"Plus, he's animated," Winger said, smoking outside on the Greenhouse Effect deck the night of Parent's performance. "It's taken for granted by most people here that we have a lot of great poets, but that we typically get overlooked when it comes to competition time."
Compressed little stories • Parent follows the maxim of wordsmiths everywhere: "Write what you know."
In Parent's case, that would be friends and family. It's not just his grandparents who've provided material, but his three children in the poem "Grounded From Age," and Catholic high-school crushes on girls in plaid uniforms. Then there's the good friend who was burned to death at the infamous 2003 Great White rock concert at the Station Nightclub in West Warwick, R.I.
That prompted the poem "Gallows Humor," which weaves his friend's death at the music club to the funeral of his grandfather, who requested that a gag box reciting "Hey! Hey! Let me out of here!" be inserted in his coffin.
Even before that black punchline, the poem introduces a dark nut of laughter over one person's online joke Parent read about how 100 people could have died inside a club hosting an '80s metal band.
"'How could that building have gone up in flames that fast?' 'Hairspray,' " he jokes in the poem. "And with that/I laughed loudly in breakbeats of sobs/And to the sick song of Gallows Humor/That inappropriate joking that I so desperately needed/The clinging to comedy to explain away tragedy/Making one mask out of two."
"Sock Puppet," about schizophrenia, landed Parent in the second round of international competition in Charlotte. It follows the noise inside a person's head as he reaches for a kitchen knife, only to put it back and then check into a hospital for treatment.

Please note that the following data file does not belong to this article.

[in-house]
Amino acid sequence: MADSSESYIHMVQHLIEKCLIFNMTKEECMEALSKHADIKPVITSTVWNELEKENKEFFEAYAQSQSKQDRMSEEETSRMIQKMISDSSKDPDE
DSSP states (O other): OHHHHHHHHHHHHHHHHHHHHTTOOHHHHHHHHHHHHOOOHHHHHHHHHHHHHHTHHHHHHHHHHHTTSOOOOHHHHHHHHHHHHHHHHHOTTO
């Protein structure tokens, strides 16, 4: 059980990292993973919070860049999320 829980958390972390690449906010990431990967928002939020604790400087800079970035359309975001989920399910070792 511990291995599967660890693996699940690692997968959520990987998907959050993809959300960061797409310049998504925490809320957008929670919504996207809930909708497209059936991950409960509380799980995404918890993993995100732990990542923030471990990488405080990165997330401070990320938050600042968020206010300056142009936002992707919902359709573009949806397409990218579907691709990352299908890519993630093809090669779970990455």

The dramatic atmosphere a poem invokes is one of Parent's chief concerns. He eschews DVDs at home, but watches movies in theaters solely to soak up audience reactions at pivotal moments in the story-line. Of course, he's even more tuned to audience dynamics during his own performances, relishing the crescendos he can draw from a crowd. It's all person, much like the real-life stories of his family that form his narrative delivery.
"I like to see when people stop laughing to move into different reactions," Parent said. "Every moment must have purpose. That's when words take on a clarifying power."
Catching up with the slam poetry scene
When • Sundays at 8:30 p.m at Greenhouse Effect Coffee and Crêpes; and the last Monday of the month 8 p.m. at Mo's Neighborhood Grill.
Where • Greenhouse Effect Coffee and Crêpes, 3231 S. 900 East, Salt Lake City; Mo's Neighborhood Grill, 358 S. West Temple, Salt Lake City
Info • For the Greenhouse Effect, call 801-466-3273 for more information. For Mo's, call 801-359-0586 or visit http://www.mosbarandgrill.com.